# As a 6 kg of a liquid substance at its freezing point completely freezes , it gives enough heat to melt 3 kg of ice at 0^o C the heat of fusion of the substance is ?

May 15, 2017

Half that of water.

#### Explanation:

The enthalpy of fusion, $\Delta {H}_{\text{fus}}$, tells you the energy needed to convert $\text{1 g}$ of a given substance from solid to liquid at its melting point.

Similarly, you can say that the enthalpy of fusion tells you the energy released when $\text{1 g}$ of a substance goes from liquid to solid at its freezing point.

In your case, you know that when it freezes, a $\text{6-kg}$ sample of an unknown substance give off enough heat to melt $\text{3 kg}$ of ice.

Right from the start, the fact that the two masses are different tells you that it takes different amounts of energy to cause a liquid $\to$ solid or solid $\to$ liquid change of state.

If the unknown substance had the same enthalpy of fusion as water, then the heat given off by the $\text{6-kg}$ sample would melt $\text{6 kg}$ of ice.

$\text{same energy needed + same mass = same"color(white)(.)DeltaH_"fus}$

However, that is not the case here. You need

$\text{6 kg" = color(red)(2) * "3 kg}$

of the unknown substance to get the same energy needed to melt $\text{3 kg}$ of ice, so the enthalpy of fusion will be $\textcolor{red}{2}$ times lower than that of water.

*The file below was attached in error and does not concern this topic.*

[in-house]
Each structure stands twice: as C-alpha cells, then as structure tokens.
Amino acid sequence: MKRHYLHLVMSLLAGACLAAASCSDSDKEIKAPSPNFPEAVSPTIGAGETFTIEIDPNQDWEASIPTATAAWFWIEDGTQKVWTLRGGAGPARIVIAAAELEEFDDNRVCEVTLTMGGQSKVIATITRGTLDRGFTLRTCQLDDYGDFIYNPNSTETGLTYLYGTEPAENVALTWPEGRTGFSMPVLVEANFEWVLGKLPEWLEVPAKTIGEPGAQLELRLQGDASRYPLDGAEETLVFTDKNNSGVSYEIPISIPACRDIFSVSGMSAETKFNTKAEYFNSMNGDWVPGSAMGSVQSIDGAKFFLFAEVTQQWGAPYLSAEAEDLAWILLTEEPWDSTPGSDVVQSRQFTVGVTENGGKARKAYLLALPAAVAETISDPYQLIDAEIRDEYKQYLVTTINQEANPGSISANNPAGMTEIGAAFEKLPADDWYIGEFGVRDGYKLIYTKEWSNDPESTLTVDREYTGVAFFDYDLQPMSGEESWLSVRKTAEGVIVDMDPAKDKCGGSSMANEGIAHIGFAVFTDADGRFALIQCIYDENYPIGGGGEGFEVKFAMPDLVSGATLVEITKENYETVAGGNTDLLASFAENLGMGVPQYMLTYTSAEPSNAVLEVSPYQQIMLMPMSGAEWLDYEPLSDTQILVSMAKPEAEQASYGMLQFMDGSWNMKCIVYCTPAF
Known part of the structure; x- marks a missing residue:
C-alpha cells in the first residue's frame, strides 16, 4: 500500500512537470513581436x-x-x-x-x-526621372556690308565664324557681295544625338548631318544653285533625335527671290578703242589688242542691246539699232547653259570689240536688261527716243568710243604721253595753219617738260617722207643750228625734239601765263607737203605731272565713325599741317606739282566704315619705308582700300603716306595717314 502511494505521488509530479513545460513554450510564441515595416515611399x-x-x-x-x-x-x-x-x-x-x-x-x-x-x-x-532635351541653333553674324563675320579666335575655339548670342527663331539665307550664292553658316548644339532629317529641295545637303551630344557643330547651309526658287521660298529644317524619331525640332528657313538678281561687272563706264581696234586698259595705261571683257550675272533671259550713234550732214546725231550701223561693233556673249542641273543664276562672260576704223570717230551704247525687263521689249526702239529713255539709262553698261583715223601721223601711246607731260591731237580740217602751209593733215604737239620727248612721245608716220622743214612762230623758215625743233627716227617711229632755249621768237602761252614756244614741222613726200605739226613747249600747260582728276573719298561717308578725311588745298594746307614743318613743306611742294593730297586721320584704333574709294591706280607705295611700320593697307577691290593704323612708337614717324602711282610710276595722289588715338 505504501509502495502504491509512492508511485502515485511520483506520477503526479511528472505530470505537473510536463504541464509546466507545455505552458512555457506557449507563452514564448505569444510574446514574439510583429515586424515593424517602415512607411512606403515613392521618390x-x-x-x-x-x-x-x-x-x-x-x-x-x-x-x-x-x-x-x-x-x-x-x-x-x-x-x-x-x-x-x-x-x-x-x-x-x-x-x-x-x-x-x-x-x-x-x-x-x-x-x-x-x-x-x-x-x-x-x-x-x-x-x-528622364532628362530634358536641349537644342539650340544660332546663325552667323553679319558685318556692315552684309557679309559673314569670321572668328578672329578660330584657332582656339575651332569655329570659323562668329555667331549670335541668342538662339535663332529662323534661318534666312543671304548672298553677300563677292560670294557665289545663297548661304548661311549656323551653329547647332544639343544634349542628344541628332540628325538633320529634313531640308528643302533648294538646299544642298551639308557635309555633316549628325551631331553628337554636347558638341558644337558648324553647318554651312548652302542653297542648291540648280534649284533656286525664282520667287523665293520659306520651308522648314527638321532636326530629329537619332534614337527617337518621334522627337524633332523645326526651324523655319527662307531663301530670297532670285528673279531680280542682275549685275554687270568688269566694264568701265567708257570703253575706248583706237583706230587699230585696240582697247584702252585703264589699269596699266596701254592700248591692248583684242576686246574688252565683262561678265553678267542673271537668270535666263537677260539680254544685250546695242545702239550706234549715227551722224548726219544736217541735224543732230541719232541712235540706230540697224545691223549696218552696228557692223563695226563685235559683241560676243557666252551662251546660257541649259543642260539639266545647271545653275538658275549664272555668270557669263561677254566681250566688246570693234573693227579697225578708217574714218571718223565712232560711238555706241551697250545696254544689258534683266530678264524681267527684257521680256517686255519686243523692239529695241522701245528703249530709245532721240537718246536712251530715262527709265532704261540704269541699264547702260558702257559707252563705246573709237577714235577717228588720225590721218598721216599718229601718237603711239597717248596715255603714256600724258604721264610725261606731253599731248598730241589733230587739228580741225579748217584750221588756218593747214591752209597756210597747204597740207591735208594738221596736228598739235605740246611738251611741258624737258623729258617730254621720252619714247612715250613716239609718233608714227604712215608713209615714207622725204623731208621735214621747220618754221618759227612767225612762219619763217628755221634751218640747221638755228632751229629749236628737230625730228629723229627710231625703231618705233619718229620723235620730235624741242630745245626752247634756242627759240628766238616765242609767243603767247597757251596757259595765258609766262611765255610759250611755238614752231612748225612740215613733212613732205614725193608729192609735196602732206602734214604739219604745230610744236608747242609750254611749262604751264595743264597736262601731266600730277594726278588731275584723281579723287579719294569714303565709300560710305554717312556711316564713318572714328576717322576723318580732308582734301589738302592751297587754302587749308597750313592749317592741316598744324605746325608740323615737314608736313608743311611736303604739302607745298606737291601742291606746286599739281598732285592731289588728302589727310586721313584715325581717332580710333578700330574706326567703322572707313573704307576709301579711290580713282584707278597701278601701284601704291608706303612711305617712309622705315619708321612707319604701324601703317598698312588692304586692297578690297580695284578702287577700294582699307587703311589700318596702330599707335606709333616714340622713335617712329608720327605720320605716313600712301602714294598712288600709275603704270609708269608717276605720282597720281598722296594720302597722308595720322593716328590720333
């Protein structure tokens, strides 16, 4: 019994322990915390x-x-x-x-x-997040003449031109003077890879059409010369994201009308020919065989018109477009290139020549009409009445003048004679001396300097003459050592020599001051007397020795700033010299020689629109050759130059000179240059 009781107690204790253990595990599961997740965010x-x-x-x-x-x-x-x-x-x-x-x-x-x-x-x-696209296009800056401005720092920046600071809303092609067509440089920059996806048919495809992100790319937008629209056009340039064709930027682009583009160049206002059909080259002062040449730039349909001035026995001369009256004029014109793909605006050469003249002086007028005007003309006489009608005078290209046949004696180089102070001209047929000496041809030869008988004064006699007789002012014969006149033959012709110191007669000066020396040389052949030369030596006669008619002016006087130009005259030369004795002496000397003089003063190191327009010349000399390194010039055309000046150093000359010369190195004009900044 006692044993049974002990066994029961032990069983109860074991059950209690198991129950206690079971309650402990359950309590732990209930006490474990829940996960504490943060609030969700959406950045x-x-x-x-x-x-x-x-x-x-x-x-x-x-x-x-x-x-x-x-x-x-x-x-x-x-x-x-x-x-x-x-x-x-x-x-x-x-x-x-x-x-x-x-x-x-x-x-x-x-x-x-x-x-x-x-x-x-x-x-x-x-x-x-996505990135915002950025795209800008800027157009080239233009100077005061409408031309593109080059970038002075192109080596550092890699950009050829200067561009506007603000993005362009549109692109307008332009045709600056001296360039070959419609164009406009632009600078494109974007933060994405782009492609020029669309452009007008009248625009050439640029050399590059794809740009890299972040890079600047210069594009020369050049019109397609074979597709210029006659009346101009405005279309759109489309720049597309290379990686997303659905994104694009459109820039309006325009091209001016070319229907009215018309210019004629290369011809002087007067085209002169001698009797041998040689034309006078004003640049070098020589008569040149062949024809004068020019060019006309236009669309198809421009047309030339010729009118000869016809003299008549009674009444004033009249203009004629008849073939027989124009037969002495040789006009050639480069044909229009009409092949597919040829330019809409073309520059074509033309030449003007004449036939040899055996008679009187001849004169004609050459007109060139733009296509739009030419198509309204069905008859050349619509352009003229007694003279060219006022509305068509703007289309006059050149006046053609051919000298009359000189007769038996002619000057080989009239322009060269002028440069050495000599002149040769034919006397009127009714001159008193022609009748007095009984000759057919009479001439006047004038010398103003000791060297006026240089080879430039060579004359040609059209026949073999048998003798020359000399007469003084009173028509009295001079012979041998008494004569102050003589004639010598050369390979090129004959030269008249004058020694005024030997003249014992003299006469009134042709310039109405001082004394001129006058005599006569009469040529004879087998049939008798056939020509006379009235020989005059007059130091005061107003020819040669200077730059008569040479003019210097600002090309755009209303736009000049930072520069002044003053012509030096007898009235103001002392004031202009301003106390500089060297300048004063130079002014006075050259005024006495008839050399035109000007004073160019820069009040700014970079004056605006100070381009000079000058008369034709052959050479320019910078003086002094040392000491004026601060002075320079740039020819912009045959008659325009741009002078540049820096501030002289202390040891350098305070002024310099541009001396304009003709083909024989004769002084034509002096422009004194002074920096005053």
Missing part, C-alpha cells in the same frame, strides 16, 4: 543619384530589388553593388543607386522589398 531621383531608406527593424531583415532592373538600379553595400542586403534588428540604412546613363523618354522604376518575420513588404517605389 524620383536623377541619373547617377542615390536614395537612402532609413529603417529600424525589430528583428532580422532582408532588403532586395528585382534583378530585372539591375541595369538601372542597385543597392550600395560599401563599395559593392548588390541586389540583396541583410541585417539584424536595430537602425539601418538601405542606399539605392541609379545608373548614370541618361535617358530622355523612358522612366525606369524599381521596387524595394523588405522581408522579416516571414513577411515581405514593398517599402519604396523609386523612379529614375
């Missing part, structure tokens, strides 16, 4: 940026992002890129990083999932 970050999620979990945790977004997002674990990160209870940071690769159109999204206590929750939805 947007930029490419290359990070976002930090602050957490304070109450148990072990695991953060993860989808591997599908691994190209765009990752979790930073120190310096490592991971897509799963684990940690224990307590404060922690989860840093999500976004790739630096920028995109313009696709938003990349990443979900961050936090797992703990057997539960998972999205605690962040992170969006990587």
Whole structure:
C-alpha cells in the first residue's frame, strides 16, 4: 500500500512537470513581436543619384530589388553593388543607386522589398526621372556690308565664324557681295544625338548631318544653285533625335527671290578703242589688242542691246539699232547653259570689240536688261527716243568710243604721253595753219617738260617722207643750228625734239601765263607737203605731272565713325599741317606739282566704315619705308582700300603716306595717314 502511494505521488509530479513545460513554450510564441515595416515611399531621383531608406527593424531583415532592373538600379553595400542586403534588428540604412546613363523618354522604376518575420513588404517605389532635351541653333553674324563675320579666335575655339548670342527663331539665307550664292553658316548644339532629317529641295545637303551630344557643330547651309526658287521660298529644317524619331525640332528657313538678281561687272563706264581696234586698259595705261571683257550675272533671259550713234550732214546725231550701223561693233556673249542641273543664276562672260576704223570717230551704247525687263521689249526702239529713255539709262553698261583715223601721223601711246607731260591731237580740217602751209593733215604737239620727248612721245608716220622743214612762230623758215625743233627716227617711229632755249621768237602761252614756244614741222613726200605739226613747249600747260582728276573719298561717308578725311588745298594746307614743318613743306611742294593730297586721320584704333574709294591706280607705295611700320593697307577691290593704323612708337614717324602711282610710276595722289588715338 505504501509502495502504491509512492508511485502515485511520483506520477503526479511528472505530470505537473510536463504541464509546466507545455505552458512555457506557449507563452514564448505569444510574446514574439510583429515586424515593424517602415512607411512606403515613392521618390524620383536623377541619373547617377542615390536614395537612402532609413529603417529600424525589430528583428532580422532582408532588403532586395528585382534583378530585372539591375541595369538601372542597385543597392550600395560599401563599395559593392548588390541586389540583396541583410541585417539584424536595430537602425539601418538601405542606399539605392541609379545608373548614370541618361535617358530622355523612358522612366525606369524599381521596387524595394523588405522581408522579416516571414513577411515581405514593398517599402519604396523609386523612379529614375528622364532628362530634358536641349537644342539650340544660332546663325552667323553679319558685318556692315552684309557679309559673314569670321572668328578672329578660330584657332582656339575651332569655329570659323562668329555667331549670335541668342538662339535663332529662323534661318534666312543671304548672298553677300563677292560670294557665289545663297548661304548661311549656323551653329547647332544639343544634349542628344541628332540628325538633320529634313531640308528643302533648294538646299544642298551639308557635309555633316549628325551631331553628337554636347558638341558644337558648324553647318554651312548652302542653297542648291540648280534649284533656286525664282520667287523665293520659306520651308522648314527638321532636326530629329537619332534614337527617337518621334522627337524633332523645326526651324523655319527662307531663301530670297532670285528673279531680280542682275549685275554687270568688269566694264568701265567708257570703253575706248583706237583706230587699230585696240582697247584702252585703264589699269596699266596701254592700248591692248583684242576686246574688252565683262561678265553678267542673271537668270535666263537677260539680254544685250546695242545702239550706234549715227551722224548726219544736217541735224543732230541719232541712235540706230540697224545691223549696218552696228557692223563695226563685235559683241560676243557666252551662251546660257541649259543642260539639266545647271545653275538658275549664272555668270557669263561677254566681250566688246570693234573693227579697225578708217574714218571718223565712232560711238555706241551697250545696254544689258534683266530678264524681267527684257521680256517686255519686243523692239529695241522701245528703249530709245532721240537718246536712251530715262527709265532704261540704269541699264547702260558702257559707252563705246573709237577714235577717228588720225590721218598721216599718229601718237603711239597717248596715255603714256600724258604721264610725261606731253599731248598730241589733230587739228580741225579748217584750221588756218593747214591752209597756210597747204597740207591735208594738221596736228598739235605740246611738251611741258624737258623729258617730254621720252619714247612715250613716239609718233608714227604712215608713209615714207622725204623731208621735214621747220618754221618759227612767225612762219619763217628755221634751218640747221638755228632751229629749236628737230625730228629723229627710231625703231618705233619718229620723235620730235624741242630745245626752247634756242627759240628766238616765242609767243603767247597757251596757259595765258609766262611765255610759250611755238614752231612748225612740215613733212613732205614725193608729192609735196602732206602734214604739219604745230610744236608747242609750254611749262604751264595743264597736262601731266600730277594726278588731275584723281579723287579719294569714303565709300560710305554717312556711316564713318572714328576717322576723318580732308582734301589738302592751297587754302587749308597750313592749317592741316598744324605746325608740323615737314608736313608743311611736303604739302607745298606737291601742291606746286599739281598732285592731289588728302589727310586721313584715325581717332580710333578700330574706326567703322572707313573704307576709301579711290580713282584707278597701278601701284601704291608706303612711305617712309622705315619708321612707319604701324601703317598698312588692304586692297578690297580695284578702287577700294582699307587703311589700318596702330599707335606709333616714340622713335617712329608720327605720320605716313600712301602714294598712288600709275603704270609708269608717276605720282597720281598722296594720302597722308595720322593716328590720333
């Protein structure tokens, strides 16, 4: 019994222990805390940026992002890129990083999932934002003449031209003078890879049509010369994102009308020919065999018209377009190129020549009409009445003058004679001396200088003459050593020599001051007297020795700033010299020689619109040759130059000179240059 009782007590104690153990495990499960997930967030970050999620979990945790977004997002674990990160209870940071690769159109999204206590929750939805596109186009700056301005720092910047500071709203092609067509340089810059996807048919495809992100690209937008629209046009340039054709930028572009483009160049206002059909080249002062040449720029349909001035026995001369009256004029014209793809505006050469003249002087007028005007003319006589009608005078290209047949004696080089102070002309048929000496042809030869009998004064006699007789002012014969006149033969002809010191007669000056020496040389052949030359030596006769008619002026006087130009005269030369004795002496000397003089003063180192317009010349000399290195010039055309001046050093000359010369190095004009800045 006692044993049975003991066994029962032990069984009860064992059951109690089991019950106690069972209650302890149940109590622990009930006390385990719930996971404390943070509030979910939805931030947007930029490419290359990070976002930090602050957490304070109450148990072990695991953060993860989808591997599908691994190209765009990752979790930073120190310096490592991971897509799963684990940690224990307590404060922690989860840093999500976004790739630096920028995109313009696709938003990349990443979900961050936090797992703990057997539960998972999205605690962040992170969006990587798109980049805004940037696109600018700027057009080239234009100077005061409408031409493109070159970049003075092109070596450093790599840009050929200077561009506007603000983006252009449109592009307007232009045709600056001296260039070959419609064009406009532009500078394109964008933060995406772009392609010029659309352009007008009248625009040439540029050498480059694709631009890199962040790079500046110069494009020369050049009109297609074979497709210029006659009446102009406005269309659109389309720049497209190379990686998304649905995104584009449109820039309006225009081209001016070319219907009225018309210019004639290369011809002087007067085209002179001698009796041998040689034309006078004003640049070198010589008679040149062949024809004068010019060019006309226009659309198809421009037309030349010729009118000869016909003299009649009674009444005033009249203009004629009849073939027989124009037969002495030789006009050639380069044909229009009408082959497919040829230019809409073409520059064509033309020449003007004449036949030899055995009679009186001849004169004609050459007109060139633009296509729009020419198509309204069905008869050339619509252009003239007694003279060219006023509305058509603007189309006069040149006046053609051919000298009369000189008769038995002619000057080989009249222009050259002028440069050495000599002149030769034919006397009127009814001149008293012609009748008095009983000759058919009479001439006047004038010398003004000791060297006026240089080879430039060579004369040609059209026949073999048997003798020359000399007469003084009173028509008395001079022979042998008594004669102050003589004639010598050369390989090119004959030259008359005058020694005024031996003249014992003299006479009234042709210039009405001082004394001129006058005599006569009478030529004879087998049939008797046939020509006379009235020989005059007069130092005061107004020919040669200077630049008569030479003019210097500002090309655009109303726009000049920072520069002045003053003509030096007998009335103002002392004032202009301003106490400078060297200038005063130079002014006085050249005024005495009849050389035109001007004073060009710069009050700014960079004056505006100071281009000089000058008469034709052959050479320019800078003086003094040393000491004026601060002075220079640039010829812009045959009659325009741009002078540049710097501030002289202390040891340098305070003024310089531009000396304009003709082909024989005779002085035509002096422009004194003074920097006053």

In other words, for equal masses, you need $\textcolor{red}{2}$ times as much heat to melt the ice than to melt the unknown substance.

Similarly, for equal masses, you will give off $\textcolor{red}{2}$ times more heat when the ice freezes than when the unknown substance freezes.

Therefore, you can say that

$\Delta {H}_{\text{fus substance" = 1/color(red)(2) * DeltaH_"fus water}}$

If you want, you can look up the enthalpy of fusion of water and double-check the answer.

$\Delta {H}_{\text{fus water" = "333.55 J g}}^{- 1}$

https://en.wikipedia.org/wiki/Enthalpy_of_fusion

So, $\text{1 g}$ of ice needs $\text{333.55 J}$ of heat to go from solid at ${0}^{\circ} \text{C}$ to liquid at ${0}^{\circ} \text{C}$. This means that the sample will need

3 color(red)(cancel(color(black)("kg"))) * (10^3color(red)(cancel(color(black)("g"))))/(1color(red)(cancel(color(black)("kg")))) * "333.55 J"/(1color(red)(cancel(color(black)("g")))) = 1.00065 * 10^6 $\text{J}$

This much heat is being given off when $\text{6 kg}$ of the unknown substance go from liquid at the freezing point to solid at the freezing point, so the heat given off when $\text{1 g}$ undergoes this phase change will be

1 color(red)(cancel(color(black)("g"))) * (1color(red)(cancel(color(black)("kg"))))/(10^3color(red)(cancel(color(black)("g")))) * (1.00065 * 10^6color(white)("J"))/(6color(red)(cancel(color(black)("kg")))) = "166.775 J"

This means that you have

$\Delta {H}_{\text{fus substance" = "166.775 J g"^(-1) = "333.55 J g"^(-1)/color(red)(2) = 1/color(red)(2) * DeltaH_"fus water}}$